Document Detail


Soy isoflavones: no effects on bone mineral content and bone mineral density in healthy, menstruating young adult women after one year.
MedLine Citation:
PMID:  12356779     Owner:  NLM     Status:  MEDLINE    
Abstract/OtherAbstract:
BACKGROUND: The effects of isoflavone-enriched soy protein on human bone mineral content (mass) and density in healthy, menstruating young adult females have not been examined in a comparative prospective investigation. Peri- and post-menopausal women have been reported to show beneficial effects of isoflavones on bone measurements. Therefore, young women may also be able to improve their accrual of peak bone mineral content (BMC) and bone mineral density (BMD) during the early adult years of bone consolidation with an isoflavone-enriched diet. OBJECTIVES: In this controlled, double-blind intervention, we tested the hypothesis that an isoflavone-rich soy protein diet increases BMC and BMD in young adult females over a period of one year in comparison to a control group receiving soy protein that has isoflavones removed. DESIGN: Young healthy women of any ethnic background, 21 to 25 years of age, were divided into two groups, placebo (n = 13) and supplement (n = 15). The soy protein supplement was enriched with isoflavones ( approximately 90 mg of total isoflavones/day), whereas the control protein diet was isoflavone-deficient, even though it contained the same amount of soy protein and other ingredients as the isoflavone-rich diet. Dual-energy x-ray absorptiometric (DXA) measurements of BMC and BMD were made at baseline and at 6 and 12 months. DXA estimates of body composition, including fat mass and lean body mass, were generated from whole-body BMC measurements. BMI was calculated as weight (kg) over height (m) squared. Physical activity was assessed, and three-day dietary records were taken at entry (baseline) and at 6 and 12 months. RESULTS: No changes in BMD after 12 months were found in either the isoflavone-treated (treatment) group or the isoflavone-deficient (control) group. Other variables also remained essentially constant over the 12-month period, including normal menstrual patterns in both the treatment and control groups. CONCLUSIONS: The isoflavone-rich soy preparation had no effects on BMC and BMD over a 12-month period in young healthy adult females with normal menses. An isoflavone-rich supplement appears to have little or no effect on bone in young adult women with normal ovarian function, at least over this 12-month study period.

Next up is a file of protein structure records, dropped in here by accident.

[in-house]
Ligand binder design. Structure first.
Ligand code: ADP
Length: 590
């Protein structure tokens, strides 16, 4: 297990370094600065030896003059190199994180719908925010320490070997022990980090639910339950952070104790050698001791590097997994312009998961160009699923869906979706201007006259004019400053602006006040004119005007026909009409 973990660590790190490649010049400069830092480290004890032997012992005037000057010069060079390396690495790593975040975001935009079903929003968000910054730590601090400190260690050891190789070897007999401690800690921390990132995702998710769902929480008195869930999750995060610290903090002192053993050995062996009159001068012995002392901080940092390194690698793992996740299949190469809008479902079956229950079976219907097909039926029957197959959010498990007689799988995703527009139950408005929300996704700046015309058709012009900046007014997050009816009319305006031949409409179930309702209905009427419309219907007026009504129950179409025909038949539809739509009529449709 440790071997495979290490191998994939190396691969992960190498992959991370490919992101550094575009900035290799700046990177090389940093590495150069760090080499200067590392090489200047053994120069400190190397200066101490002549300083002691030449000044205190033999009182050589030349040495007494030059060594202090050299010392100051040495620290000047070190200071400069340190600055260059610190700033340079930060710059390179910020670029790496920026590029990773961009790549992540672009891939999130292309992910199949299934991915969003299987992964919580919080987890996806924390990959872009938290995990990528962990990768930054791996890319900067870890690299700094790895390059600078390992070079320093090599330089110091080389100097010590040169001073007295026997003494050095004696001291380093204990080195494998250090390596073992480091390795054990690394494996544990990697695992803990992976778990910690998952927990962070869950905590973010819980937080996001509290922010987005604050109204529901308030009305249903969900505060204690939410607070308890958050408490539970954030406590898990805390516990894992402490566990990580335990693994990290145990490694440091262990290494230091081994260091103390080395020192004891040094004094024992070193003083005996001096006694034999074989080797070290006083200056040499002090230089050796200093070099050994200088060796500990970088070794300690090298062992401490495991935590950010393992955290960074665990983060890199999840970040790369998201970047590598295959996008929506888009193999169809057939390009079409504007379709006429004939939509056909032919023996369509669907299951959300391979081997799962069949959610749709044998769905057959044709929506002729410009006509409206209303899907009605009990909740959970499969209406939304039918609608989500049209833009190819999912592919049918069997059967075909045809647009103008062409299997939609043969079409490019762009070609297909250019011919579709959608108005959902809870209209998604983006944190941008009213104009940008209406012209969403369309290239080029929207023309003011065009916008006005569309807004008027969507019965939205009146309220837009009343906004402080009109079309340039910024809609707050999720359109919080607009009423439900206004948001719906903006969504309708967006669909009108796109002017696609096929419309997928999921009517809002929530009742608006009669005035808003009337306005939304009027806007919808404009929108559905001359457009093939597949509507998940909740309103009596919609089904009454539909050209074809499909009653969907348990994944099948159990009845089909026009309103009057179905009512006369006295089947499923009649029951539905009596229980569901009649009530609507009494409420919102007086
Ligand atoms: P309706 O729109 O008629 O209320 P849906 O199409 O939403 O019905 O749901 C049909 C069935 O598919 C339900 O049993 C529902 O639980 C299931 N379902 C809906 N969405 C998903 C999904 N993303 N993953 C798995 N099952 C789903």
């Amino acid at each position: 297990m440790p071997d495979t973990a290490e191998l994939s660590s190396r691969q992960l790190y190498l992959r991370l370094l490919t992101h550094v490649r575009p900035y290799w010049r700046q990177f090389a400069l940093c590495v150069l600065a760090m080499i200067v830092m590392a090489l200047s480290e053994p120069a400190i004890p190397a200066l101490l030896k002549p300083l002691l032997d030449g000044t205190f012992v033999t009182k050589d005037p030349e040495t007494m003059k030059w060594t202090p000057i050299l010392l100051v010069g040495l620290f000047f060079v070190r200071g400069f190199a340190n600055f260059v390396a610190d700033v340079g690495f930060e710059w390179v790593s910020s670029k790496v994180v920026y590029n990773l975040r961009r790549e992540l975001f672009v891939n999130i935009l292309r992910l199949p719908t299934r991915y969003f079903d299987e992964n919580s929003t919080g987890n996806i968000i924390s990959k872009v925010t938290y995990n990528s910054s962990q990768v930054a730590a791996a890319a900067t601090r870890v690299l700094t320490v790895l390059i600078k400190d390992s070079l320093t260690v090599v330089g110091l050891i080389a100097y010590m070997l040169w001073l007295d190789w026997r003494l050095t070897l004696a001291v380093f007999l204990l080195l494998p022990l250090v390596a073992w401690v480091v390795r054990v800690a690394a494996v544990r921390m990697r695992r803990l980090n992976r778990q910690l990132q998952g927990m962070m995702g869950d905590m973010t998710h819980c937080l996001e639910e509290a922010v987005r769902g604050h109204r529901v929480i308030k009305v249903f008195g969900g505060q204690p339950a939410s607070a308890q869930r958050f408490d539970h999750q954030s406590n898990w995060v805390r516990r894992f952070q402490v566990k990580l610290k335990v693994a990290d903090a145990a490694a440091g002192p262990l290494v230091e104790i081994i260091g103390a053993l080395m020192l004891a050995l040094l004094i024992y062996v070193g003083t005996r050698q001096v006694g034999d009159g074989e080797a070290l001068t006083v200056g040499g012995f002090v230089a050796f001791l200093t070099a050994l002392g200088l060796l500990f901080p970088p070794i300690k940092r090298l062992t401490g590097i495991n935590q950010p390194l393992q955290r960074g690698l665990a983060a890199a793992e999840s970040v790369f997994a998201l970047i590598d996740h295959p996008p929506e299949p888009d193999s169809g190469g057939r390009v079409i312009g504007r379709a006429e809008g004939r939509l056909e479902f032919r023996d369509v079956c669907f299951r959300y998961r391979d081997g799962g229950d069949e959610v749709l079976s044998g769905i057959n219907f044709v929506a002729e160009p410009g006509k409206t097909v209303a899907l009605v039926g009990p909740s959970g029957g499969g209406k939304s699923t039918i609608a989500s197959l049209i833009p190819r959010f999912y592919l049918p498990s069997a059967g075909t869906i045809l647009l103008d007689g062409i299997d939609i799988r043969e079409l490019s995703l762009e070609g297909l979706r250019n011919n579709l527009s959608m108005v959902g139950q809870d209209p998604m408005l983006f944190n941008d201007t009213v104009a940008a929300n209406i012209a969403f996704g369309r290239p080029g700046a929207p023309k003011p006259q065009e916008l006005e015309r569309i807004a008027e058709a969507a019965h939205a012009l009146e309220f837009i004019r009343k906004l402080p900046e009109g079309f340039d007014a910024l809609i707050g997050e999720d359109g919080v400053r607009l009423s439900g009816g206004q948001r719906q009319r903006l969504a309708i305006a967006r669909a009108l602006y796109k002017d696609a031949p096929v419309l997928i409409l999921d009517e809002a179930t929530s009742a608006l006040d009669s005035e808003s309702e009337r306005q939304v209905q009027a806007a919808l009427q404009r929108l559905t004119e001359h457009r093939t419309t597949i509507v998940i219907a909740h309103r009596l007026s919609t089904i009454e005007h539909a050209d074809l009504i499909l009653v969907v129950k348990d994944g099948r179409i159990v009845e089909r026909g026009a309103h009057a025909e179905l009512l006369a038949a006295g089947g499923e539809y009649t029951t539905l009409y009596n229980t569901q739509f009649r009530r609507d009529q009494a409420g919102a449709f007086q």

Authors:
John J B Anderson; Xiaowei Chen; Agna Boass; Michael Symons; Martin Kohlmeier; Jordan B Renner; Sanford C Garner
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Publication Detail:
Type:  Clinical Trial; Controlled Clinical Trial; Journal Article; Research Support, Non-U.S. Gov't; Research Support, U.S. Gov't, P.H.S.    
Journal Detail:
Title:  Journal of the American College of Nutrition     Volume:  21     ISSN:  0731-5724     ISO Abbreviation:  J Am Coll Nutr     Publication Date:  2002 Oct 
Date Detail:
Created Date:  2002-10-01     Completed Date:  2002-10-18     Revised Date:  2008-06-23    
Medline Journal Info:
Nlm Unique ID:  8215879     Medline TA:  J Am Coll Nutr     Country:  United States    
Other Details:
Languages:  eng     Pagination:  388-93     Citation Subset:  IM    
Affiliation:
Department of Nutrition, Schools of Public Health and Medicine, University of North Carolina, Chapel Hill, North Carolina 27599, USA. jjb_anderson.umc.edu
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MeSH Terms
Descriptor/Qualifier:
Absorptiometry, Photon
Adult
Body Composition
Bone Density*
Calcium, Dietary / administration & dosage
Diet*
Dietary Proteins / administration & dosage
Double-Blind Method
Exercise
Female
Humans
Isoflavones / administration & dosage*
Menstruation
Prospective Studies
Soybean Proteins / administration & dosage
Soybeans / chemistry*
Time Factors
Grant Support
ID/Acronym/Agency:
M01 RR00046/RR/NCRR NIH HHS
Chemical
Reg. No./Substance:
0/Calcium, Dietary; 0/Dietary Proteins; 0/Isoflavones; 0/Soybean Proteins

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